• Any reviewer who wants to pass a peer review invitation onto a colleague must contact the journal in the first instance. We ask reviewers the following questions, to provide an assessment of the various aspects of a manuscript:
  • Key results: Please summarise what you consider to be the outstanding features of the work.
  • Validity: Does the manuscript have flaws which should prohibit its publication? If so, please provide details.
  • Originality and significance: If the conclusions are not original, please provide relevant references. On a more subjective note, do you feel that the results presented are of immediate interest to many people in your own discipline, and/or to people from several disciplines?
  • Data & methodology: Please comment on the validity of the approach, quality of the data and quality of presentation. Please note that we expect our reviewers to review all data, including any extended data and supplementary information. Is the reporting of data and methodology sufficiently detailed and transparent to enable reproducing the results?
  • Appropriate use of statistics and treatment of uncertainties: All error bars should be defined in the corresponding figure legends; please comment if that’s not the case. Please include in your report a specific comment on the appropriateness of any statistical tests, and the accuracy of the description of any error bars and probability values.
  • Conclusions: Do you find that the conclusions and data interpretation are robust, valid and reliable? Suggested improvements: Please list additional experiments or data that could help strengthening the work in a revision.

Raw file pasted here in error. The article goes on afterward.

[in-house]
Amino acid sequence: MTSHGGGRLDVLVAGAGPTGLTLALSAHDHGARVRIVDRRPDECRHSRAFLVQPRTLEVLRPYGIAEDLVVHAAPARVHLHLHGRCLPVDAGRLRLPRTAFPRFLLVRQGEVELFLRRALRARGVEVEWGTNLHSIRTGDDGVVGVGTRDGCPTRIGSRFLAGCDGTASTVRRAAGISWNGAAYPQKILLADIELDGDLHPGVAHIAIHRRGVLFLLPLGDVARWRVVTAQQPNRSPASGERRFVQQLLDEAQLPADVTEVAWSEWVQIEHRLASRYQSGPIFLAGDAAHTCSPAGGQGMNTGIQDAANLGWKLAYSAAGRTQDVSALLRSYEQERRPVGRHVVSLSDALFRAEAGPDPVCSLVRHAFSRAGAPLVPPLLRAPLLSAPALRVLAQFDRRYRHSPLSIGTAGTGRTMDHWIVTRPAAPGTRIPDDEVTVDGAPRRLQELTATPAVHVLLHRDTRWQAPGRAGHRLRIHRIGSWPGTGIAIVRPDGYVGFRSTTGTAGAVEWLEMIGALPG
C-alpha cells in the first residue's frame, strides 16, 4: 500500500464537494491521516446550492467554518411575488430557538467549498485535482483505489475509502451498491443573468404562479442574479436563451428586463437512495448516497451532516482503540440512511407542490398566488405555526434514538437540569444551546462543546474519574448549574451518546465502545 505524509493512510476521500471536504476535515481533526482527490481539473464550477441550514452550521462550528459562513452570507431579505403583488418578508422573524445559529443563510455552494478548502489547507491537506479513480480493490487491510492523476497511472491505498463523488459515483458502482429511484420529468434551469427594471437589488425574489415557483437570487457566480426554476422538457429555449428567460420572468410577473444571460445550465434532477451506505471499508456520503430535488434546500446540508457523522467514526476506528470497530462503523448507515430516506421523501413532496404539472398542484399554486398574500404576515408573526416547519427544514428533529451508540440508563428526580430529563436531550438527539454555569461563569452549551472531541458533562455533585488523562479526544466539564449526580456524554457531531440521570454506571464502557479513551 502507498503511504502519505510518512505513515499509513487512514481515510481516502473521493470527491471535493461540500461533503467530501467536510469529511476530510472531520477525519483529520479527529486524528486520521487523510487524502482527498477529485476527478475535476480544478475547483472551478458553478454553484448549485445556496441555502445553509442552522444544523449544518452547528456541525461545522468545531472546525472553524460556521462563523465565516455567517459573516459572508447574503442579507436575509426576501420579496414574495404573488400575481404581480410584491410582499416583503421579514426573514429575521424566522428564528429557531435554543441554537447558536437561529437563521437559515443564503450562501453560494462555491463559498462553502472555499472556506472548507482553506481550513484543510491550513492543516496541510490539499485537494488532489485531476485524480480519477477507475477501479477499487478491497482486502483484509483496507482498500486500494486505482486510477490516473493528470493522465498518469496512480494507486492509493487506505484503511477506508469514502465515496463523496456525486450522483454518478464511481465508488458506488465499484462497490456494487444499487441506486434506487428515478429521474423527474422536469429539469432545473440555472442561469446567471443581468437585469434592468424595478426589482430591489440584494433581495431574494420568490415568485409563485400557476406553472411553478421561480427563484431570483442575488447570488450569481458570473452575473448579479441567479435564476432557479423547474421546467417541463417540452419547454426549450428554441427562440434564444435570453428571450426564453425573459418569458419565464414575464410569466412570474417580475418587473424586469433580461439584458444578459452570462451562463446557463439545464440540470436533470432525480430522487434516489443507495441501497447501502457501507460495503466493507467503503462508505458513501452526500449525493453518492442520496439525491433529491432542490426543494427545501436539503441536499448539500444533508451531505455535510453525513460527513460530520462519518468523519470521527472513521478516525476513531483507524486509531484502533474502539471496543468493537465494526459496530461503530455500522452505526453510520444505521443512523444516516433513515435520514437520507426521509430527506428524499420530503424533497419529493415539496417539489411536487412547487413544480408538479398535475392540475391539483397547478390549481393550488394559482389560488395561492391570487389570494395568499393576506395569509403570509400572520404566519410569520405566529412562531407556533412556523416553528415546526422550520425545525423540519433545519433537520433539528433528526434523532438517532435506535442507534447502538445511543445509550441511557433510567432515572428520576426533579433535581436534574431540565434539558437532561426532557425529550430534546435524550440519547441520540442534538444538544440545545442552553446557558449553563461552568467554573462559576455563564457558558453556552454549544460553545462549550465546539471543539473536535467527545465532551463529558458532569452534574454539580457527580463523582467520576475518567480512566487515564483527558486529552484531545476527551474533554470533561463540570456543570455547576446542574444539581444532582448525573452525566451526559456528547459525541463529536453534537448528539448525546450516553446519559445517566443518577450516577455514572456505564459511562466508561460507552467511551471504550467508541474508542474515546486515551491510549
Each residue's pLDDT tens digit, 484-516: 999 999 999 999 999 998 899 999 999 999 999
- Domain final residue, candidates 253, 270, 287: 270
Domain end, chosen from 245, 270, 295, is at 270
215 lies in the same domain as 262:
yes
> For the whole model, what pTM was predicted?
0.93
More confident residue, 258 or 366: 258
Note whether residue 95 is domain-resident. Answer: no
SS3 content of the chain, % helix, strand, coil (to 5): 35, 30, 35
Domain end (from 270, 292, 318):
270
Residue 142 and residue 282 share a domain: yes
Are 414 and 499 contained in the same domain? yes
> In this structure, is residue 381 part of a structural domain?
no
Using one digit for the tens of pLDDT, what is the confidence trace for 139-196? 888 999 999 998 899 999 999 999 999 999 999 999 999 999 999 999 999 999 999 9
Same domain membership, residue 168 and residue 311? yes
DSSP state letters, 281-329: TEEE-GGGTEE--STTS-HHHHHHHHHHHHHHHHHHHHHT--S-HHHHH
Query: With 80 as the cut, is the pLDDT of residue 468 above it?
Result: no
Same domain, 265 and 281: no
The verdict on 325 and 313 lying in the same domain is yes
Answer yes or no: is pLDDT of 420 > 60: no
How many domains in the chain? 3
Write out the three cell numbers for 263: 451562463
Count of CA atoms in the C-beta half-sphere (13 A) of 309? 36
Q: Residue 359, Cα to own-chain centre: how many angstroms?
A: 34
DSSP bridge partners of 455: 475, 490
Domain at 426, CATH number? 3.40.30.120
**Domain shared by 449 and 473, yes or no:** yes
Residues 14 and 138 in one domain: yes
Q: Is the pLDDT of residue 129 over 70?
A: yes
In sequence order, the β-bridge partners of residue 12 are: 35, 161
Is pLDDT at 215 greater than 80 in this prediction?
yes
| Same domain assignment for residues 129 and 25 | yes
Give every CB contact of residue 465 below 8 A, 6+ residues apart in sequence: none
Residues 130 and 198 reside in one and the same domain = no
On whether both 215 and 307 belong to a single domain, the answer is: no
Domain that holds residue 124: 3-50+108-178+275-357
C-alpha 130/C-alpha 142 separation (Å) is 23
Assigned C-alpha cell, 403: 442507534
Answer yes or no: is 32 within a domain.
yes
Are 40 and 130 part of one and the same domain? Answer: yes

• References: Does this manuscript reference previous literature appropriately? If not, what references should be included or excluded?
  • Clarity and context: Is the abstract clear, accessible? Are abstract, introduction and conclusions appropriate? Please indicate any particular part of the manuscript, data, or analyses that you feel is outside the scope of your expertise, or that you were unable to assess fully. Please address any other specific question asked by the editor via email. It is our policy to remain neutral with respect to jurisdictional claims in published maps and institutional affiliations, and the naming conventions used in maps and affiliation are left to the discretion of authors. Referees should not, therefore, request authors to make any changes to such unless it is critical to the clarity of the scientific content of a manuscript.

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    Peer review models

    Double blind peer review

    All Nature-branded journals and Communications journals offer a double-blind peer review option. Authors who choose this option at submission remain anonymous to the referees throughout the consideration process. The authors are responsible for anonymizing their manuscript accordingly; a checklist is provided to help with this process. More information is available in Editorials, including this Nature announcement and earlier publications related to trials that started in 2013 in Nature Geoscience and Nature Climate Change.

    Transparent peer review